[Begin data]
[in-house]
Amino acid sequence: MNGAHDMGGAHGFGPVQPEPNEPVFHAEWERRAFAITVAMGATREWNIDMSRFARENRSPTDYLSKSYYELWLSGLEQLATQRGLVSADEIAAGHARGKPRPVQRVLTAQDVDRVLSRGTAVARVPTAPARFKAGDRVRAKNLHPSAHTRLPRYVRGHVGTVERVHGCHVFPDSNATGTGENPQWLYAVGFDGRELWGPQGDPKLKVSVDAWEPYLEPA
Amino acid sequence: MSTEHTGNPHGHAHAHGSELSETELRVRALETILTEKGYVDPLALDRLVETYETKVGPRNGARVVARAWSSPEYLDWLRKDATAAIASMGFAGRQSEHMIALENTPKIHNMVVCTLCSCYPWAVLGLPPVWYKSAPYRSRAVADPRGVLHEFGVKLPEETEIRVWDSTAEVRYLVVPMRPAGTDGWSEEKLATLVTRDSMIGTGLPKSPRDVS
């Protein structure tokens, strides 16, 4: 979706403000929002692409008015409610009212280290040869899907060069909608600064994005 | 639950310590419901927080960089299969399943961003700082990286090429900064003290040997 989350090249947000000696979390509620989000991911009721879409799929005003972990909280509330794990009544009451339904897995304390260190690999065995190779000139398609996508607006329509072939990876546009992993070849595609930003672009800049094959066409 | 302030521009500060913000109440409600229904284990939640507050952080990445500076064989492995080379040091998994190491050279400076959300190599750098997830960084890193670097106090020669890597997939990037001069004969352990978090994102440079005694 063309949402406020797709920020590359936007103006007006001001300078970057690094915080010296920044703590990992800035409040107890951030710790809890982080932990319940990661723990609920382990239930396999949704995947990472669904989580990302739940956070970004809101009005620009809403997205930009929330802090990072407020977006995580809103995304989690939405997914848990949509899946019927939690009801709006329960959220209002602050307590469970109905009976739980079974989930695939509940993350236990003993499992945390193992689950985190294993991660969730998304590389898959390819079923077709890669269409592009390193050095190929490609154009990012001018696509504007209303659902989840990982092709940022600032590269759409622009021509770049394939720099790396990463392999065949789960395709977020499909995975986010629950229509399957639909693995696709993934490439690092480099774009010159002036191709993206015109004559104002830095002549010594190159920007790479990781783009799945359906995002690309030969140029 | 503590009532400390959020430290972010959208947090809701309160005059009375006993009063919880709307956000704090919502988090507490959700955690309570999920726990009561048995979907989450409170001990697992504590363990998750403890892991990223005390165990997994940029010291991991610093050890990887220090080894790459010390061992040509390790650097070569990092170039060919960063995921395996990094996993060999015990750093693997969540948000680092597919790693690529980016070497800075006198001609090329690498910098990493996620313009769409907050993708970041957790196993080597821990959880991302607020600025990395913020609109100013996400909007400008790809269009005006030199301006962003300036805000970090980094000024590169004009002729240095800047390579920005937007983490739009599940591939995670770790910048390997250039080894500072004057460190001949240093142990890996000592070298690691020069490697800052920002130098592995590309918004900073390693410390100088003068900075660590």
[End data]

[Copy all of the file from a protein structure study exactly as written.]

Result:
[in-house]
Amino acid sequence: MNGAHDMGGAHGFGPVQPEPNEPVFHAEWERRAFAITVAMGATREWNIDMSRFARENRSPTDYLSKSYYELWLSGLEQLATQRGLVSADEIAAGHARGKPRPVQRVLTAQDVDRVLSRGTAVARVPTAPARFKAGDRVRAKNLHPSAHTRLPRYVRGHVGTVERVHGCHVFPDSNATGTGENPQWLYAVGFDGRELWGPQGDPKLKVSVDAWEPYLEPA
Amino acid sequence: MSTEHTGNPHGHAHAHGSELSETELRVRALETILTEKGYVDPLALDRLVETYETKVGPRNGARVVARAWSSPEYLDWLRKDATAAIASMGFAGRQSEHMIALENTPKIHNMVVCTLCSCYPWAVLGLPPVWYKSAPYRSRAVADPRGVLHEFGVKLPEETEIRVWDSTAEVRYLVVPMRPAGTDGWSEEKLATLVTRDSMIGTGLPKSPRDVS
């Protein structure tokens, strides 16, 4: 979706403000929002692409008015409610009212280290040869899907060069909608600064994005 | 639950310590419901927080960089299969399943961003700082990286090429900064003290040997 989350090249947000000696979390509620989000991911009721879409799929005003972990909280509330794990009544009451339904897995304390260190690999065995190779000139398609996508607006329509072939990876546009992993070849595609930003672009800049094959066409 | 302030521009500060913000109440409600229904284990939640507050952080990445500076064989492995080379040091998994190491050279400076959300190599750098997830960084890193670097106090020669890597997939990037001069004969352990978090994102440079005694 063309949402406020797709920020590359936007103006007006001001300078970057690094915080010296920044703590990992800035409040107890951030710790809890982080932990319940990661723990609920382990239930396999949704995947990472669904989580990302739940956070970004809101009005620009809403997205930009929330802090990072407020977006995580809103995304989690939405997914848990949509899946019927939690009801709006329960959220209002602050307590469970109905009976739980079974989930695939509940993350236990003993499992945390193992689950985190294993991660969730998304590389898959390819079923077709890669269409592009390193050095190929490609154009990012001018696509504007209303659902989840990982092709940022600032590269759409622009021509770049394939720099790396990463392999065949789960395709977020499909995975986010629950229509399957639909693995696709993934490439690092480099774009010159002036191709993206015109004559104002830095002549010594190159920007790479990781783009799945359906995002690309030969140029 | 503590009532400390959020430290972010959208947090809701309160005059009375006993009063919880709307956000704090919502988090507490959700955690309570999920726990009561048995979907989450409170001990697992504590363990998750403890892991990223005390165990997994940029010291991991610093050890990887220090080894790459010390061992040509390790650097070569990092170039060919960063995921395996990094996993060999015990750093693997969540948000680092597919790693690529980016070497800075006198001609090329690498910098990493996620313009769409907050993708970041957790196993080597821990959880991302607020600025990395913020609109100013996400909007400008790809269009005006030199301006962003300036805000970090980094000024590169004009002729240095800047390579920005937007983490739009599940591939995670770790910048390997250039080894500072004057460190001949240093142990890996000592070298690691020069490697800052920002130098592995590309918004900073390693410390100088003068900075660590």